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The Monetization of Porn

Nour Qassim Derweesh - Authornour.qassimderweesh@osqledaren.se

Isabelle Holmér - Illustratorosqledaren@ths.kth.se

What is porn? Hot? Simple? Shameful? Enraging? Is it everything and nothing at the same time? Does it make you feel good or make you feel bad? Both?

It’s 3 am. The cold from the outside is seeping through the window and after a long day, cozying up under my blankets is all I want to do. The stress of the day is still taut in my body as I mindlessly scroll through Pornhub. Nothing catches my eye until I focus on the bright colors of some lingerie, I click on the video, lower the volume and get comfortable in bed.

Porn is one of the most readily consumed pieces of content out there. Something that shouldn’t be all that surprising when the top 20 countries by traffic make up 79% of Pornhub’s traffic, as stated in their annual report. A lot of people watch porn, and some even work in the industry. It’s a concept that is familiar to a lot of us, but with that familiarity comes a sinking feeling many people also are aware of. With terms like ‘post nut clarity’ thrown out, it’s no wonder that there’s an established shame that comes from watching certain types of porn. Whether it be something you’d normally not think you’re into, or something that makes you feel uncomfortable, the two experiences go hand in hand.

I am particularly of the belief that some, if not most, of this doubtful shame comes from the uncertainty with a lot of free porn out there. I know I’ve seen videos that have made me pause and worry if what I’m watching actually is consensual. That sentence is a difficult one to type, but so is the potential truth of that. The problem is that we truly don’t know. And when we’ve actually had instances with real people coming out and telling us about their rapes, assults and revenges porn videos being posted on free porn sites, we have a right to be worried. We should be worried when we have no real verification that what we’re seeing is consensual and legal.

When the New York Times pulled the trigger and released all the evidence of the exploitation on Pornhub with the movement of “The Children of Pornhub” things started changing. After almost 2 decades of no real action taken from Pornhub, they finally made a move when their credit card companies, Mastercard and Visa, stopped allowing their cards to be used on the site. Pornhub then rolled out their verification system not too long after. So things can change, but money talks. As amazing and foolishly idealistic it would be to hope for these companies to get struck by a light of morality and righteousness, that would be too easy. However it’s extremely vital to not lose hope here: does it suck that the only real action is through means of money? Yeah absolutely, would it suck even harder if nothing changed? No doubt. And this was Pornhub that was struck with an inability to do nothing, a website with almost 115 million visitors per day. It’s a big move toward the right direction! Even with many other websites infested with the same problems. We can only hope that other companies follow suit and start taking these regulations seriously.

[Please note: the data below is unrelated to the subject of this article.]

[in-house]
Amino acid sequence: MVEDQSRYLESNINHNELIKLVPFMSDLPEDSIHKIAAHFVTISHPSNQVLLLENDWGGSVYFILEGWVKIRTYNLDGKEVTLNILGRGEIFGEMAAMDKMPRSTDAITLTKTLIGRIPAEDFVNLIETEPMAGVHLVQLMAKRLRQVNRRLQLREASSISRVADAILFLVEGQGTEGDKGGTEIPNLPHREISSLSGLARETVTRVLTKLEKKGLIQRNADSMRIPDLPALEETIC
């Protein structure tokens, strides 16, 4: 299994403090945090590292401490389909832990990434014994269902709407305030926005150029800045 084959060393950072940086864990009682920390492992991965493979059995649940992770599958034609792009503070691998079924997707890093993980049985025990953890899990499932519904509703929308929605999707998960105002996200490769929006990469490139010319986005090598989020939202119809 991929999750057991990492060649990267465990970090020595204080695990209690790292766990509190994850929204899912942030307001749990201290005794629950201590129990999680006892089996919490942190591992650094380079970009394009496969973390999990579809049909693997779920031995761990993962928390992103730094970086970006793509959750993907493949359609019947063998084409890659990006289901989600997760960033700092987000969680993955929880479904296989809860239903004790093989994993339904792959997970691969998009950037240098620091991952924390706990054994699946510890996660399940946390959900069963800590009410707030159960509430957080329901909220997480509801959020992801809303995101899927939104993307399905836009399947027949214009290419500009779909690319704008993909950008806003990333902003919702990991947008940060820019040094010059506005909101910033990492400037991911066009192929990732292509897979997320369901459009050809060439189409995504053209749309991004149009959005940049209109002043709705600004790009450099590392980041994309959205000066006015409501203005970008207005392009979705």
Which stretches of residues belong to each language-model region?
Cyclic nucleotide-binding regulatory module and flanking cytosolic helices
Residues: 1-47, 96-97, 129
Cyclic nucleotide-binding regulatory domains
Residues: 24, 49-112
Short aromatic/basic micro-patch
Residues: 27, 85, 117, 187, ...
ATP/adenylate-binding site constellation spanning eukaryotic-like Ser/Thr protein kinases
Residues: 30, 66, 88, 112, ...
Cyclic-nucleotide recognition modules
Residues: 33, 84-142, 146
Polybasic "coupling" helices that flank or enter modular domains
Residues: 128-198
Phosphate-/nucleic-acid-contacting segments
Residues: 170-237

Paid porn is often brought up as a ‘solution’ to this problem, and to a certain extent it’s true. Paying for your porn will indirectly put a safety cap on it. It’s not a perfect solution, and not a wildly viable one either, but it is progress nonetheless. Slapping money on a problem that’s directly caused by money is a positive feedback loop. Because the money and revenue is the issue here, if these companies didn’t make money off of these free sites then they wouldn’t be slow with their actions, but they are because the money is big and our voices are not loud enough. The porn industry is estimated to have an annual revenue of 9 to $97B dollars. A large span that might raise your eyebrows, but can be explained by realizing that porn is both a multi-million dollar industry and something people can do at home. The figures are uncertain at best, and companies aren’t eager to share how much money they make off of the content we watch.

Mindgeek, the parent company that owns Brazzers, Youporn and Pornhub have an estimated annual revenue of $228.2M. There’s a lot of money at play for these websites, so don’t be fooled into thinking that a free website can’t make any money, especially not in the porn industry.

We need to be aware of these things because they’re so deeply baked into our day to day, simply being mindful can go a long way. Going out of your way to find websites that work with ethical porn and verification is one way to be more mindful of what we consume, whilst also keeping in mind that in actuality we won’t ever know the truth, but by following your gut instinct and being source critical you are doing your best. We have to be mindful of the sustainability of our society and the world that exists on the internet, it doesn’t stop being real because of its virtual nature.

Publicerad: 2022-03-31

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Ansvarig utgivare: Carl Housten
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